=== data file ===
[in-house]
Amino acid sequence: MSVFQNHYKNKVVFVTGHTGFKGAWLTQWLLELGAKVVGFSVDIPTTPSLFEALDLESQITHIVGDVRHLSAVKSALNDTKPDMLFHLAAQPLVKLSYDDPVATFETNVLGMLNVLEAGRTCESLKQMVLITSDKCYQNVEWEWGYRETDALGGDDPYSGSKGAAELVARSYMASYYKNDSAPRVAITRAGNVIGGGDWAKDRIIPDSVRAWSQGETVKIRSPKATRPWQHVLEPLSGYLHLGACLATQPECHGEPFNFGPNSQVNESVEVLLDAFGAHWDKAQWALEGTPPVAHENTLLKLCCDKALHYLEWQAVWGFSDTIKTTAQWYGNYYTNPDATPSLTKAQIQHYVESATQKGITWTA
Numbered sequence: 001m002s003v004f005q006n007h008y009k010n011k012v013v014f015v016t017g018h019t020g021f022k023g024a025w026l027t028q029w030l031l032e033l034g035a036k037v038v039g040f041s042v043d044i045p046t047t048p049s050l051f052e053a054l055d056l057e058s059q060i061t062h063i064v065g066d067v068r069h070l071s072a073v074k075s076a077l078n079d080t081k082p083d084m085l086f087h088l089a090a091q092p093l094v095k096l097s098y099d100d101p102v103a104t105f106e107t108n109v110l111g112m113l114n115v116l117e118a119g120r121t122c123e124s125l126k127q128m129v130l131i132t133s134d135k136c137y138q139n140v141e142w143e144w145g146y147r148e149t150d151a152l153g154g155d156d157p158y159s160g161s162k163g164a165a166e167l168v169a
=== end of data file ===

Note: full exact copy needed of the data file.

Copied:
[in-house]
Amino acid sequence: MSVFQNHYKNKVVFVTGHTGFKGAWLTQWLLELGAKVVGFSVDIPTTPSLFEALDLESQITHIVGDVRHLSAVKSALNDTKPDMLFHLAAQPLVKLSYDDPVATFETNVLGMLNVLEAGRTCESLKQMVLITSDKCYQNVEWEWGYRETDALGGDDPYSGSKGAAELVARSYMASYYKNDSAPRVAITRAGNVIGGGDWAKDRIIPDSVRAWSQGETVKIRSPKATRPWQHVLEPLSGYLHLGACLATQPECHGEPFNFGPNSQVNESVEVLLDAFGAHWDKAQWALEGTPPVAHENTLLKLCCDKALHYLEWQAVWGFSDTIKTTAQWYGNYYTNPDATPSLTKAQIQHYVESATQKGITWTA
Numbered sequence: 001m002s003v004f005q006n007h008y009k010n011k012v013v014f015v016t017g018h019t020g021f022k023g024a025w026l027t028q029w030l031l032e033l034g035a036k037v038v039g040f041s042v043d044i045p046t047t048p049s050l051f052e053a054l055d056l057e058s059q060i061t062h063i064v065g066d067v068r069h070l071s072a073v074k075s076a077l078n079d080t081k082p083d084m085l086f087h088l089a090a091q092p093l094v095k096l097s098y099d100d101p102v103a104t105f106e107t108n109v110l111g112m113l114n115v116l117e118a119g120r121t122c123e124s125l126k127q128m129v130l131i132t133s134d135k136c137y138q139n140v141e142w143e144w145g146y147r148e149t150d151a152l153g154g155d156d157p158y159s160g161s162k163g164a165a166e167l168v169a